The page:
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Cardinals Fans: This Is No Time For Panic

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Scott Howard may be the master of panic, but on the heels of a 34-point loss to the Falcons, even he doesn't think it's time to freak out.

Let me be absolutely up front about this: the Cardinals were absolutely brutalized by the Falcons on Sunday. Any excuse you or I can offer will not cloud the fact that it was an ass-kicking of the highest degree.

That said, I'm not worried.

Now I know that to those of you familiar with my work, the idea that I'd not be frantically pounding the panic button after such a loss is a bit of a surprise, but hear me out. Losses happen -- even really bad losses happen -- but recovery is not tricky.

Since lists are kind of my jam, I'm going to break up the reasons I'm not worried into a three-pack.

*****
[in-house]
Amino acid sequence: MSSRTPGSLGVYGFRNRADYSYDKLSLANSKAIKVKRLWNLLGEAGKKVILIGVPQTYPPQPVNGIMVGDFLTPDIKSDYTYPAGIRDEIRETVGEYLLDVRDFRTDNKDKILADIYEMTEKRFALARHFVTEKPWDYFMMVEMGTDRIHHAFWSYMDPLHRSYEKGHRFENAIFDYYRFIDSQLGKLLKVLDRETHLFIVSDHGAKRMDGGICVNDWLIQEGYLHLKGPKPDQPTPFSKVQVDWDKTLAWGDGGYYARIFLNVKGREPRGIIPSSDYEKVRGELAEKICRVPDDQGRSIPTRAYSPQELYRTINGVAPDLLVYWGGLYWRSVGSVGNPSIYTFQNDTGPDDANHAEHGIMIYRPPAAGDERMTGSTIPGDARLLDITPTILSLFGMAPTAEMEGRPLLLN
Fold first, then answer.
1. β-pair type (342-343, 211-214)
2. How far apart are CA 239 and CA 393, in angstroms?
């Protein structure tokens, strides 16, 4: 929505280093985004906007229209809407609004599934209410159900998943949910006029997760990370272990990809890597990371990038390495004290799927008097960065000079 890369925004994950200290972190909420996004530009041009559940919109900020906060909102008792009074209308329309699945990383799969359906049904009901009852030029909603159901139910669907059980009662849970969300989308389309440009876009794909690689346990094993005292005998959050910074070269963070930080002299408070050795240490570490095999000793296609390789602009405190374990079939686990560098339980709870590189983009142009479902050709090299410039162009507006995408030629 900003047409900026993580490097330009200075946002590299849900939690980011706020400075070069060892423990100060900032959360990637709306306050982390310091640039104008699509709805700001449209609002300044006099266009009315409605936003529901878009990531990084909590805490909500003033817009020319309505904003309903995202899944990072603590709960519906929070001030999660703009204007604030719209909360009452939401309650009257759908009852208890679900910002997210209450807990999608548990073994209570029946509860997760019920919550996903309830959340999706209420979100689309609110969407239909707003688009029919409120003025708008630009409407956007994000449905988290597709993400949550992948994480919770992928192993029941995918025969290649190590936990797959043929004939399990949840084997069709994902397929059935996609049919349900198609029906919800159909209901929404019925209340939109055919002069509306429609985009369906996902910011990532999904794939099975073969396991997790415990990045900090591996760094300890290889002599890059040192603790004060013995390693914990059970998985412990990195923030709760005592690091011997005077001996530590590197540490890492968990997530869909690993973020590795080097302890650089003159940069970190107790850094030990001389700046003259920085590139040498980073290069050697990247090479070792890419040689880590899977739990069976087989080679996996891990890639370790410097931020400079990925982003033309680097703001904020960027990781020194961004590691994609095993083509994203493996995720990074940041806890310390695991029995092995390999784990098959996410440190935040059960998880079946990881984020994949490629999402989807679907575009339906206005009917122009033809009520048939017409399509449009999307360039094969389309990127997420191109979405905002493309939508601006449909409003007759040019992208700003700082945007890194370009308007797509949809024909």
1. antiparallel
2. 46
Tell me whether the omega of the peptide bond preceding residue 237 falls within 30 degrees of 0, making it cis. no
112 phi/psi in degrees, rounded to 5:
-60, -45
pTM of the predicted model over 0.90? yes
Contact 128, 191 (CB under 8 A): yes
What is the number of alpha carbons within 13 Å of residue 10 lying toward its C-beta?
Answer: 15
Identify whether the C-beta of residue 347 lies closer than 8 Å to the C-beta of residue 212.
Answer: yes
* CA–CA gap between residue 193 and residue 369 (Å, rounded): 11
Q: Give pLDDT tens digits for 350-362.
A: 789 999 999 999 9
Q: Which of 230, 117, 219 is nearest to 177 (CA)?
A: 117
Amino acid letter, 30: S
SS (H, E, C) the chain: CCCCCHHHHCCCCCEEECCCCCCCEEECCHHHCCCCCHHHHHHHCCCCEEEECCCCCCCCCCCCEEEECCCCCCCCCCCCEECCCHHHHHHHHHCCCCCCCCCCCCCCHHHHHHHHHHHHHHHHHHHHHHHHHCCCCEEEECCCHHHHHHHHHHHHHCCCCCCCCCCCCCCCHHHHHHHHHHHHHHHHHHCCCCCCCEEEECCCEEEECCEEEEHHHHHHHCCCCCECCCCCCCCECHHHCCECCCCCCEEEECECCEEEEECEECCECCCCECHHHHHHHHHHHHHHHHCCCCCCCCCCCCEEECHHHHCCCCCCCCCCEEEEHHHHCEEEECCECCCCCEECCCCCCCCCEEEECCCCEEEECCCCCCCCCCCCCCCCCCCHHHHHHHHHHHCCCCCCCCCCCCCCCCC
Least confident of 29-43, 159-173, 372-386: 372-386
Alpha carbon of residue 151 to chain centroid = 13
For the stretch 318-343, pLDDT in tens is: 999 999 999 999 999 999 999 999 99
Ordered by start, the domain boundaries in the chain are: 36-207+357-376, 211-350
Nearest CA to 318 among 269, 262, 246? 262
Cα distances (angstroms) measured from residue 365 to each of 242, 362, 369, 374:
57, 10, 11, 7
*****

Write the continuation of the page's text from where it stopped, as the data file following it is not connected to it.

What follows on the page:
(1) - The Game

I realize that it's hard to look at a 41-7 final and say that it wasn't so bad, so I won't insult your intelligence by trying. However, players and teams are human and these types of games can sometimes end up as an avalanche of points for the winning team because the losing team has break after break go against it before just folding up shop.

Does that mean players are front runners? Absolutely. Does this version of the Cardinals need to develop more toughness and resiliency? Of course.

No matter what way you try to slice it, the Cards did surrender 444 yards to Atlanta. But, this game was wrought with questionable calls that went the way of the Falcons.

Immediately after Atlanta shoved a quick TD down the throat of the Cardinals (aided by a 15-yard, away-from-the-ball, after-the-play penalty against Kerry Rhodes), LaRod Stephens-Howling returned a kick 98 yards for a touchdown. Unfortunately lead ref Jerome Boger and his brilliant crew called Darnell Dockett for a holding penalty. Where was Dockett on the play? A little place called the bench. Real sure of what you saw there, eh ref?

Some other favorites from the game: